When shooting the R8 .243 we tested we found that it liked pretty much any ammunition we used, from Sako 95gr to Winchester Varmint X at 55gr the test shots were all sub 1 ½ inches at 120 meters. In the field to the rifle has performed really well in all weather conditions, proving reliable and accurate. Cleaning is a doddle after a wet stalk, you take off the scope and barrel dry, clean and reassemble and it shoots as true as it did before. As an all round keepers rifle the R8 professional success will take some beating, it is versatile, light, short, accurate and synthetic. If you are looking for something smart then the R8 has a whole range of wooden stocks to choose from but the R8 Professional Success must be considered as a serious contender if you are looking for a new rifle – you never know it might be the last you ever buy

4 thoughts on “The Blaser R8 Professional Success might be the last rifle that you ever buy

  1. My wife and I love our Blaser here in Australia.

    We have the .243 barrel on it with open sights for use in the scrub on pigs out to 50m, (Hornady Whitetail 100grn), or put a Leica Magnus scope on it for small deer up to fallow adult size If we wanted to hunt Sambar, Rusa or Reds, we could easily add a .308 barrel.

    For foxes, using the .243 Hornady SP Varmint in 65gr and the Magnus, it will shoot near MOA at 300 metres in the day, or we have an ATN infrared scope, which combined with a FLIR spotter means we get close enough at night to not ever miss hopefully. The .243 isn’t much good for skins tho.

    Then we change the bolt head and the barrel to a .223 fluted match, which has a 26x Leica target scope for feral goats, or sniping foxes, (55grn Australian Outback Blitzkings) but is mostly used in target comps (with 69grn target ammo) where it gets us up in the field in benchrest (it won’t beat a custom 6br) but does as well as we can shoot in field rifle, (prone, kneeling, standing offhand) type comps. It is a very nice gun to hold even with the heavy barrel and scope.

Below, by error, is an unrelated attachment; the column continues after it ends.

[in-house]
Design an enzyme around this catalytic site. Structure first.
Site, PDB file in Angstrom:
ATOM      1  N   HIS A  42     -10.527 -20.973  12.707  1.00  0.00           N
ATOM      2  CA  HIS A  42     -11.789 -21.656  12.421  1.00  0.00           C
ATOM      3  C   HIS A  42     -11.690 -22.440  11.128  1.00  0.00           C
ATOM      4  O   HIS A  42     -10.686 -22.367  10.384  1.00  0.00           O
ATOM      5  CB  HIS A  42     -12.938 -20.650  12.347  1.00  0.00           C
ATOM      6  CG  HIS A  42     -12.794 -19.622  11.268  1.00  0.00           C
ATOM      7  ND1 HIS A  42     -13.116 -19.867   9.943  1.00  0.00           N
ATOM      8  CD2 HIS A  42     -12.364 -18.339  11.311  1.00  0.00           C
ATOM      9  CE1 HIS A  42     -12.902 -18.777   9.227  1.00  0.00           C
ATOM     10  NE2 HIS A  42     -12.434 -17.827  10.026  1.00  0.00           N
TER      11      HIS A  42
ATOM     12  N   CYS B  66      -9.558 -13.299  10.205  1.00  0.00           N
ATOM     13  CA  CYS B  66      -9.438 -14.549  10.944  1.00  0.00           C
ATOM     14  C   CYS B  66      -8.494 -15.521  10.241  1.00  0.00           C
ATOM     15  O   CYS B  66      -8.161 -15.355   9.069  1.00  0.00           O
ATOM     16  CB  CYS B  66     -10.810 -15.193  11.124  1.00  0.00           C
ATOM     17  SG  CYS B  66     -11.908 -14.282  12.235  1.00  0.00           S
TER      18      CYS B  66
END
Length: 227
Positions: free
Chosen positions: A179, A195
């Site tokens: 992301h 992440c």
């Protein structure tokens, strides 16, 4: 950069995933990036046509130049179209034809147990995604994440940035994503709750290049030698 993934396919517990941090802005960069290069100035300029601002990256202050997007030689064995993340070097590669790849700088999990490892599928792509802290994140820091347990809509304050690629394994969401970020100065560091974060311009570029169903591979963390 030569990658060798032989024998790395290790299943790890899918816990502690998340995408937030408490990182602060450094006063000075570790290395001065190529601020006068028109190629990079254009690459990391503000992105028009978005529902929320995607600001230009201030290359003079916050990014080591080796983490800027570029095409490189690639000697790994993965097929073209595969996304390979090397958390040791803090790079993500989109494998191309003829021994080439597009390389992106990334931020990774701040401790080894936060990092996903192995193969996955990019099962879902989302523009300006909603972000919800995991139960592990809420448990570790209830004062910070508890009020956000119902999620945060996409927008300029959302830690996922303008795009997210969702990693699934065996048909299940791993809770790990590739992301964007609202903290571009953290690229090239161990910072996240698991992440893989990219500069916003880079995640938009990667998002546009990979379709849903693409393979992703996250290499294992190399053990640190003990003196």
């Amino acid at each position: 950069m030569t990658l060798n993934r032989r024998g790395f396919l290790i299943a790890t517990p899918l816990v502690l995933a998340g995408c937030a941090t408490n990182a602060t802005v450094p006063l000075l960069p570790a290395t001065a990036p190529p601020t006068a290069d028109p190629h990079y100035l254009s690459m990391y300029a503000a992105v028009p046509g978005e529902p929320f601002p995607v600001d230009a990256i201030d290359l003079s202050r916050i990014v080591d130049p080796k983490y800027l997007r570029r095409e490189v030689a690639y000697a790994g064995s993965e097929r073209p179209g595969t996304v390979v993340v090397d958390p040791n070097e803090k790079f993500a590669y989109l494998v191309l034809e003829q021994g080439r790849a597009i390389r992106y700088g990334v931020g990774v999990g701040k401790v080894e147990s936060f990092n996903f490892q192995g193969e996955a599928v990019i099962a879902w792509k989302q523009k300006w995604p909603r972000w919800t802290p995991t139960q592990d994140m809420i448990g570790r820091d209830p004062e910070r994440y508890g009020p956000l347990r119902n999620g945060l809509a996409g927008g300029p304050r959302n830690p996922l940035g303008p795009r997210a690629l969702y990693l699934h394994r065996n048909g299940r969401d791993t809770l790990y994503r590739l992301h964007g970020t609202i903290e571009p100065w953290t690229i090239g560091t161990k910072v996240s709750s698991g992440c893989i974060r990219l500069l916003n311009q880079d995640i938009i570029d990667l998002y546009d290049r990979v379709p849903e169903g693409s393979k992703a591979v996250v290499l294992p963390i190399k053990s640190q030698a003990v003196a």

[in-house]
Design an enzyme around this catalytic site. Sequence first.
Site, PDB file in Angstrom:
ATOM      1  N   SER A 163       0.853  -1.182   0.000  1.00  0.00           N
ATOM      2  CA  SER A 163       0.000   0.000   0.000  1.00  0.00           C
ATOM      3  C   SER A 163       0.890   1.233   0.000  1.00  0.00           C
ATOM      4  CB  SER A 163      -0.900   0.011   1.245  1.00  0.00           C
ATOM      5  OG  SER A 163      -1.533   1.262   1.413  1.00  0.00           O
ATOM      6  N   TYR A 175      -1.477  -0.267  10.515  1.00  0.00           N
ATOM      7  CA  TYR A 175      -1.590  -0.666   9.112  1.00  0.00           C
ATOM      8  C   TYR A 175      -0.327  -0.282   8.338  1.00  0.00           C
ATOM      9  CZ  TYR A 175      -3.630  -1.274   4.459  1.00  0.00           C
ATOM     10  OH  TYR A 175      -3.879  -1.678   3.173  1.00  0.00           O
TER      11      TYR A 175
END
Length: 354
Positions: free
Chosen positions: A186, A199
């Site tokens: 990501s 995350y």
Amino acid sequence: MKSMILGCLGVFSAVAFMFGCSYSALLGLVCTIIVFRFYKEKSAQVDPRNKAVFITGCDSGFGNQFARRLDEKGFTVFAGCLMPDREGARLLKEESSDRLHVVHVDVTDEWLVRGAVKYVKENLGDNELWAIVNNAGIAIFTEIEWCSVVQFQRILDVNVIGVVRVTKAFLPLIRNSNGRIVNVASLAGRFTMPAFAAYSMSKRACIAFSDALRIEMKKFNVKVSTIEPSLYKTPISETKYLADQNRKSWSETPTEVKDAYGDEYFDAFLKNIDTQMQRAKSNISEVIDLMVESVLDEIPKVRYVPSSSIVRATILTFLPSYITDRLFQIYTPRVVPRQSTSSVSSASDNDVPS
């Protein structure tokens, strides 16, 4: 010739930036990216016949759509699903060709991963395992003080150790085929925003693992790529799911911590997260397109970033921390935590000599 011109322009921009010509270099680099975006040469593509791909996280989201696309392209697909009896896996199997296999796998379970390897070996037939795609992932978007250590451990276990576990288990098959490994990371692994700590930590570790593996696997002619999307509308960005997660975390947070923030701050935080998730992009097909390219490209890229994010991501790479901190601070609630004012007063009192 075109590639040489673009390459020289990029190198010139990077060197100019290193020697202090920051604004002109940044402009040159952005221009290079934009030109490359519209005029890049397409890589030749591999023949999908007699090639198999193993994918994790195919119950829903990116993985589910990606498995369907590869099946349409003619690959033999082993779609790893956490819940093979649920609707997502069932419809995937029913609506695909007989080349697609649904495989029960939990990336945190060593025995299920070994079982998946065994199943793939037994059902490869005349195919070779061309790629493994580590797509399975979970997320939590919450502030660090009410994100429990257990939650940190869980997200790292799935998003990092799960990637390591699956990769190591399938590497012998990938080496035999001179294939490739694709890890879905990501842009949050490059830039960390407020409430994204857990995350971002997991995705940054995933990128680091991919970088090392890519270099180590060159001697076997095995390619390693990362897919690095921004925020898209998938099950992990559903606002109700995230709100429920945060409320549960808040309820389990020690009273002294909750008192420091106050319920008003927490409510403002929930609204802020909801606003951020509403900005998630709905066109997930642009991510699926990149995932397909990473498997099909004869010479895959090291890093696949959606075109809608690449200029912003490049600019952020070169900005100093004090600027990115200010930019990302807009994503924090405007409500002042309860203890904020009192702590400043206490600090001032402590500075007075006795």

Have Spartan tripod and bipod to go on it, and their sling to round out an incredibly flexible package, which can be pulled apart to travel compact. The Blaser case also is a gem if we ever want to take the whole kit to New Zealand!

    We do have to have other rifles tho, contrary to your ‘only gun’ idea. My wife has an Anschutz BR50 in .22 for target comps, and we still love our Australian made Lithgow LA01 .22 for rabbits and quiet fox shooting, and for Metallic Silhouette comps which are big here in Australia. If Blaser made a light rimfire tho, with barrels from .22 to 17hmr, we might be tempted …

    And we will eventually have to have their F16 shottie. 🙂

    Liked by 1 person

    1. Hi Wayne – you really do have all of your bases covered. In the UK it is really quite hard to get a firearm at all. You have to show to the police that you have good reason and you are a sound and proper person, which is fair enough. So if you can have a one rifle fits all then that is so much the better.

      Would love to hear more about hunting in Australia – have you thought of doing a blog?

      Like

  2. Hi Wayne – you really do have all of your bases covered. In the UK it is really quite hard to get a firearm at all. You have to show to the police that you have good reason and you are a sound and proper person, which is fair enough. So if you can have a one rifle fits all then that is so much the better.

    Would love to hear more about hunting in Australia – have you thought of doing a blog?

    Like